Flo Thamba, Baylor’s “anchor” and all-time winningest player, leads Bears’ title push
When Baylor begins its pursuit of a second national title in three years on Friday at Ball Arena, pay attention to Flo Thamba.
The fifth-year senior with a 7-foot-5 wingspan is Baylor’s heart-and-soul, and the program’s all-time winningest player (115 in games played). The 6-foot-10 Congo native is the lone starter left from Baylor’s 2021 title team and is one of three impact forwards who hail from Africa.
“Flo’s our anchor,” senior guard Adam Flagler said. “So anytime he’s locked in and he’s flying around out there, everybody is going to feel it. The fans are going to love it, and if he goes out there and gives his all, we have an opportunity to go far in this tournament.”
Thamba’s made 96 consecutive starts entering the tournament, and is averaging 5.1 points and 4.8 rebounds. While Flagler (15.5 points) and freshman guard Keytone George (16.0) are the leaders on offense, Thamba took the long road to becoming the team’s de facto leader.
The 24-year-old spent parts of his childhood in Congo, England, France and South Africa, moving around before emigrating to the United States at age 16. When he got to Baylor, he had to pay dues, playing his first 52 games off the bench before becoming a starter as a junior and helping lead the Bears to the program’s first national title.
Thamba said he “made many sacrifices along the way, but everything found its path and paid off…I definitely want to add to (my own legacy), but most importantly I want to help bring us another championship. We have the ability.”
Complementing Thamba is another talented forward, redshirt senior Jonathan Tchamwa Tchatchoua. The 6-foot-8 Cameroon native sustained a serious knee injury last year. It required two surgeries and Tchamwa Tchatchoua didn’t debut this season until Feb. 4.He’s averaged 5.7 points and 4.7 rebounds while splitting time with Thamba at the five-spot, said he’s still not 100%, but that his knee is “responding better than expected” to the return to game action.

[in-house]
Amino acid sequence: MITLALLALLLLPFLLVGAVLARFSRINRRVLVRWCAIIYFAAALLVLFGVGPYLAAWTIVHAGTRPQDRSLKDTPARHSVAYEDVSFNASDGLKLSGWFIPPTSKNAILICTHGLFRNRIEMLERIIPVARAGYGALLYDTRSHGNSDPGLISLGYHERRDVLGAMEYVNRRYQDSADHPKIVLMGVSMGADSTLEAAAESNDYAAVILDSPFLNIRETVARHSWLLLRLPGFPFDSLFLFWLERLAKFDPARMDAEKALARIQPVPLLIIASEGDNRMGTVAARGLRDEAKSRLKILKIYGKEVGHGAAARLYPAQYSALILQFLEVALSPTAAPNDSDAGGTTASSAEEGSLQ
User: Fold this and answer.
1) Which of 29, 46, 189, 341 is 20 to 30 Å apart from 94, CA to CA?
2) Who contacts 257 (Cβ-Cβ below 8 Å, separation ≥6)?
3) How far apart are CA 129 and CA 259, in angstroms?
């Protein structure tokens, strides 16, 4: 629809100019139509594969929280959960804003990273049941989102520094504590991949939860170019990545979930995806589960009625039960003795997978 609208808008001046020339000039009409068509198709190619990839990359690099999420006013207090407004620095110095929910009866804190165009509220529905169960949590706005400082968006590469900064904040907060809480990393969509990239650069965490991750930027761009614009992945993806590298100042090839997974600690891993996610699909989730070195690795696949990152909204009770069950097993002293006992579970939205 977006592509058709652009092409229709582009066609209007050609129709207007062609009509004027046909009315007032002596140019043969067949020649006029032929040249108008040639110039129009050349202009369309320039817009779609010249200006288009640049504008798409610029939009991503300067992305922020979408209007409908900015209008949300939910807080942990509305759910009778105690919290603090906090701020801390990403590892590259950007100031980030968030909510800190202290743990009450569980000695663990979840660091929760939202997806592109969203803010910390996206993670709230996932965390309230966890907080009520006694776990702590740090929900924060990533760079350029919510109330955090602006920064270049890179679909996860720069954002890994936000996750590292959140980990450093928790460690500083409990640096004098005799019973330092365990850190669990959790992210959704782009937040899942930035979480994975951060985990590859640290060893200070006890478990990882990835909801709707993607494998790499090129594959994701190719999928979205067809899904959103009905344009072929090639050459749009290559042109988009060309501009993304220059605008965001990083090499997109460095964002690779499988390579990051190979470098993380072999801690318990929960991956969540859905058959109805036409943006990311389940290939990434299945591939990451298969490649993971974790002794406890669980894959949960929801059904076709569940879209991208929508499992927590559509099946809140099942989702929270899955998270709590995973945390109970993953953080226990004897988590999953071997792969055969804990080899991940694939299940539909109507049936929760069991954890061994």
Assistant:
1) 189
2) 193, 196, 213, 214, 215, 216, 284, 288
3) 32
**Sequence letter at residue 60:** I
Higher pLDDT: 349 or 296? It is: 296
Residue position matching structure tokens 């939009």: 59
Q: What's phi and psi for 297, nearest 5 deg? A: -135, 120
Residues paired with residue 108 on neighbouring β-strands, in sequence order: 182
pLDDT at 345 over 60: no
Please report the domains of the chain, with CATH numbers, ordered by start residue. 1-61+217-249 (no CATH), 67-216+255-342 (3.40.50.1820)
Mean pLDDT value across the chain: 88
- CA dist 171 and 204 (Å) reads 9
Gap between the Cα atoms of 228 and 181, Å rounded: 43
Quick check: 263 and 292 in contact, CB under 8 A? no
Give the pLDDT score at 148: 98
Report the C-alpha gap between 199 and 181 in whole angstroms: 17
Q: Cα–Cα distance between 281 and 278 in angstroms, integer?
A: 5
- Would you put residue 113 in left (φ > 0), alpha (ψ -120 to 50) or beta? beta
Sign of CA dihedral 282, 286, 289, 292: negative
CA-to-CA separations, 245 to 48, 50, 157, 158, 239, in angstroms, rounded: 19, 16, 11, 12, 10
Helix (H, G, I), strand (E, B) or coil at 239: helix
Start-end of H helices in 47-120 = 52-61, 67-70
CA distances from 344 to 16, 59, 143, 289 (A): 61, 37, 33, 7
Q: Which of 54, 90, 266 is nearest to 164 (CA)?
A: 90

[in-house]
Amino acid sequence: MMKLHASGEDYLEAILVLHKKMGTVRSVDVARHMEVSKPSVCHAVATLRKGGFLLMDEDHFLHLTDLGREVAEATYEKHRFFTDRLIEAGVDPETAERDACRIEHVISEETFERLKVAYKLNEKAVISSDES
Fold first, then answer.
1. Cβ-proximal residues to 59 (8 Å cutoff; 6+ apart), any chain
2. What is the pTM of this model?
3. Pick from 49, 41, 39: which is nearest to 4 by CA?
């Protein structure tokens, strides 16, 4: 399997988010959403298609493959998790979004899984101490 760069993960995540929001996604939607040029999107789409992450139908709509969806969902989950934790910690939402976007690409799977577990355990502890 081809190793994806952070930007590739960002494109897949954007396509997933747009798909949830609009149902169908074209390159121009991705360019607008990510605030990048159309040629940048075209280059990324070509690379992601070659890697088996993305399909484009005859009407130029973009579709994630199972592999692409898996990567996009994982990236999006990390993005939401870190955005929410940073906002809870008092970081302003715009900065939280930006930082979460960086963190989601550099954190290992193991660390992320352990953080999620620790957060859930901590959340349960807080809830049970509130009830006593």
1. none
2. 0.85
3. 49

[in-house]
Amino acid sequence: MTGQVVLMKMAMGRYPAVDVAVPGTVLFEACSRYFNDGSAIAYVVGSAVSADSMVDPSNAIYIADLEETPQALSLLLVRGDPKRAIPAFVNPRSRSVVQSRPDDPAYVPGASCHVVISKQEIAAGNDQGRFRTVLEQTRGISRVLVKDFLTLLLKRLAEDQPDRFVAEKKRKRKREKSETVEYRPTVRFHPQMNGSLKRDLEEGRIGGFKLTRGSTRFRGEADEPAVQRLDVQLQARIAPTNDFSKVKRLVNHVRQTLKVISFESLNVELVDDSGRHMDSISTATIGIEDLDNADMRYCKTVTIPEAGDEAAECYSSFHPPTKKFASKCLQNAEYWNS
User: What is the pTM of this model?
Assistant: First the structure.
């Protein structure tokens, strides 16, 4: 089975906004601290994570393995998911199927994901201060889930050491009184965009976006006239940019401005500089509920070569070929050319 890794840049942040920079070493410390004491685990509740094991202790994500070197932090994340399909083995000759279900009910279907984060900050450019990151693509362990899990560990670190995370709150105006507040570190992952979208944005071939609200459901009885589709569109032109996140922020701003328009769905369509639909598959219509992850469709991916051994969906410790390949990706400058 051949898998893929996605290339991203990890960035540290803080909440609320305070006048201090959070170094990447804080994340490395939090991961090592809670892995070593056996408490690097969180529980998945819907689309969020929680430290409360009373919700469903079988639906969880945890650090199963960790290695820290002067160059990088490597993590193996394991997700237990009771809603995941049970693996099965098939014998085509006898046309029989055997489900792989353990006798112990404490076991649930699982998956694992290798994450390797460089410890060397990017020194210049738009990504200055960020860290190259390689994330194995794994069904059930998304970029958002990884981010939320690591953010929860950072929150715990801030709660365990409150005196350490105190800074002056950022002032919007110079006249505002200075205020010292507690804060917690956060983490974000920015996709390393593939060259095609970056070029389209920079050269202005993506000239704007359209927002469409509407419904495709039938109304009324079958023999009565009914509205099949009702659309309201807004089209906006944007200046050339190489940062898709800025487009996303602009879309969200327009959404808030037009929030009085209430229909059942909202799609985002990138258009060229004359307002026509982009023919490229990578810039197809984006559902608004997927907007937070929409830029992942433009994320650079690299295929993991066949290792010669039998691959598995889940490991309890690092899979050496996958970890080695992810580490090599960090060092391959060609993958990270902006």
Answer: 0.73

The injury derailed his momentum coming off being honored as the 2022 Big 12 Defensive Player of the Year. Tchamwa Tchatchoua was born and raised in Cameroon, but moved at age 16 to Canberra, Australia, to enroll at the then-brand-new NBA Global Academy. He didn’t speak English at the time, only French and his mother tongue.
“Playing (for the NBA Global Academy) allowed me to dream and see myself in these shoes,” Tchamwa Tchatchoua said. “I was one of the first guys to go to the Academy. It was literally three athletes when we first started, and I was one of them. It’s something I’m proud of and I cherish.”
From the NBA Global Academy, Tchamwa Tchatchoua played one season at UNLV before transferring to Baylor, where he redshirted as a sophomore and appeared off the bench in 29 games during the Bears’ title season. And even though Baylor didn’t have him for much of this season, Bears coach Scott Drew looked at the bright side.
“Because of his injury, Jon was able to spend a lot of time just working on his shot and his passing,” Drew said. “His skill level is really improved. Now you get a stretch big, someone who can shoot 40, 50 percent from three and that opens up the offense. At the same time, (his return from injury) allows Flo and Jon both to compete harder and leave more out there and not worry as much about foul trouble because they have each other.”
Rounding out Baylor’s trio of African big men is freshman Josh Ojianwuna, a 6-foot-10 forward from Nigeria. Ojianwuna previously played for NBA Academy Africa as well as the NBA Global Academy before landing at Baylor. He’s averaging 4.4 points and 3.5 rebounds.
Between Thamba, Tchamwa Tchatchoua and Ojianwuna, the Bears have versatile firepower in the paint. Factor in junior 7-footer Zach Loveday, and size isn’t an issue for the No. 3 Bears, who take on No. 14 UC-Santa Barbara in Friday’s first round, with tip at 11:30 a.m. MT.
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